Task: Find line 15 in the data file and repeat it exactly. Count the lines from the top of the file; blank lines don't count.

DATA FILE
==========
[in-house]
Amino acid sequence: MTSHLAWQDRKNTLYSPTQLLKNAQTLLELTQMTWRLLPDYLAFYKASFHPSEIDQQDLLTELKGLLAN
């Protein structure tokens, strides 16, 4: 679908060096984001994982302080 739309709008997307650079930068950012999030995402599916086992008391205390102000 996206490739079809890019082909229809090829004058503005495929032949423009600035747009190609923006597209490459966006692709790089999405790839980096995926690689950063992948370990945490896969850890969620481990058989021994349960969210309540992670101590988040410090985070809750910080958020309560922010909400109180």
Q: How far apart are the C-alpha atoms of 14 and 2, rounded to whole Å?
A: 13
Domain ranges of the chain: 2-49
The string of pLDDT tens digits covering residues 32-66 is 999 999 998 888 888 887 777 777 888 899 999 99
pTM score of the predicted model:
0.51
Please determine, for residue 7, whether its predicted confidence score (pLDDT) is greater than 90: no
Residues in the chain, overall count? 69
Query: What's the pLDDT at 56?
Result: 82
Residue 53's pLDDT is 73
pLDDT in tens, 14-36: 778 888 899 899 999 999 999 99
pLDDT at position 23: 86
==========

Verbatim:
pLDDT in tens, 14-36: 778 888 899 899 999 999 999 99